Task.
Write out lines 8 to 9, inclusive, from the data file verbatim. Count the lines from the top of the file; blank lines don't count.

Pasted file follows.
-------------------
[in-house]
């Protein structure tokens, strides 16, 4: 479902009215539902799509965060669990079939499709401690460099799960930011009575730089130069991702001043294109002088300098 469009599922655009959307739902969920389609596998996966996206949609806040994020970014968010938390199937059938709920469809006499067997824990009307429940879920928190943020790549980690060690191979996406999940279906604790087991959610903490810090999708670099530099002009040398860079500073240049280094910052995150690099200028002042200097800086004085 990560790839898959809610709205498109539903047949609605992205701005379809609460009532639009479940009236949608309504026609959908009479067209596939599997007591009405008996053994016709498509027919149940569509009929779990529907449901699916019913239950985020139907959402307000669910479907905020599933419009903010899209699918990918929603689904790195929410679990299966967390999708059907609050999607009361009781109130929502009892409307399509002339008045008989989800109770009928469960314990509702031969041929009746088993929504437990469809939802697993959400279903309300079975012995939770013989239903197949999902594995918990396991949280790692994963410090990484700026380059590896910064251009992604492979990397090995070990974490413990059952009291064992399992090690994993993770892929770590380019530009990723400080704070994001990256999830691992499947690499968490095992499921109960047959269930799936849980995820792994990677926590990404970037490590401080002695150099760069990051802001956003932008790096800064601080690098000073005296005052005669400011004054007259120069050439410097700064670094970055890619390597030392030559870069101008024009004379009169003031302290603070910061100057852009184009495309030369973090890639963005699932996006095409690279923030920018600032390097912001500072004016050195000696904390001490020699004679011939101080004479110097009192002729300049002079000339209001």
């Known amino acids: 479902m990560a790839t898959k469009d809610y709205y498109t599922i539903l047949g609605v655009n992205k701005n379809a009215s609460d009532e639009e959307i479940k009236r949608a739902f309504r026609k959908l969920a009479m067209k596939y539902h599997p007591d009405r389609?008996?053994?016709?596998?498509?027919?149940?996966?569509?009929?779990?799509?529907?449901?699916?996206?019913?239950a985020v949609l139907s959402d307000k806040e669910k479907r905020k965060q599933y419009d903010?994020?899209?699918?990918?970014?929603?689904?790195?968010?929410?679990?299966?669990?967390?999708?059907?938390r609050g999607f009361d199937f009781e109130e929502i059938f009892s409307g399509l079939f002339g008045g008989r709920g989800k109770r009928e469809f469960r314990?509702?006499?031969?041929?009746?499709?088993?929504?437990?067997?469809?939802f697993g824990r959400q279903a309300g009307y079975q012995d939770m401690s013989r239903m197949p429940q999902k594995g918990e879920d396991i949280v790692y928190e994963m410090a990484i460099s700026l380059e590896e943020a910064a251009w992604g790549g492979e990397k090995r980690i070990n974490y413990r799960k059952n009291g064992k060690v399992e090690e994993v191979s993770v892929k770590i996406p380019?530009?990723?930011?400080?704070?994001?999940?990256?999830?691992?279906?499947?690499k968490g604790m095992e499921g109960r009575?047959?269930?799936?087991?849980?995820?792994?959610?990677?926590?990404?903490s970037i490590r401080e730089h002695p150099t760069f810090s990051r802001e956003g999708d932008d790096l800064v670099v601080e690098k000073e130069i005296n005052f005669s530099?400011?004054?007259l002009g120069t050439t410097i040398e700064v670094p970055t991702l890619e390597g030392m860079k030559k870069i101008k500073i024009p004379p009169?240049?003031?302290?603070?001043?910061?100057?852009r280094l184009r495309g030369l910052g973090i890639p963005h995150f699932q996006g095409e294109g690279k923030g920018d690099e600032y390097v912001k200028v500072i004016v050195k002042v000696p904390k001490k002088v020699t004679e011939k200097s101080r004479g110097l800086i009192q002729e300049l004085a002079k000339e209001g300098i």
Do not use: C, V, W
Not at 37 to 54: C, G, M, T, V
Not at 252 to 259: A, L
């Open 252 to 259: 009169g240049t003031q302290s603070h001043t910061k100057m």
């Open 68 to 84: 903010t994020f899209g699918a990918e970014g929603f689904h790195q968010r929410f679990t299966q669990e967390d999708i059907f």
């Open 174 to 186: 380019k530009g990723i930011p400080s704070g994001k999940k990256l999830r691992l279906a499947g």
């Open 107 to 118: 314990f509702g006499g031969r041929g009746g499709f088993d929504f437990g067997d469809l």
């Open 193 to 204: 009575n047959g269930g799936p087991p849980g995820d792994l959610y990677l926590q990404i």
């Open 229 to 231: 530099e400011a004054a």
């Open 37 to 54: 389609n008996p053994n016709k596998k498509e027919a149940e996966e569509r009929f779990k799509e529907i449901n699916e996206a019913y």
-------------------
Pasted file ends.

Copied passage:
């Open 68 to 84: 903010t994020f899209g699918a990918e970014g929603f689904h790195q968010r929410f679990t299966q669990e967390d999708i059907f």
């Open 174 to 186: 380019k530009g990723i930011p400080s704070g994001k999940k990256l999830r691992l279906a499947g």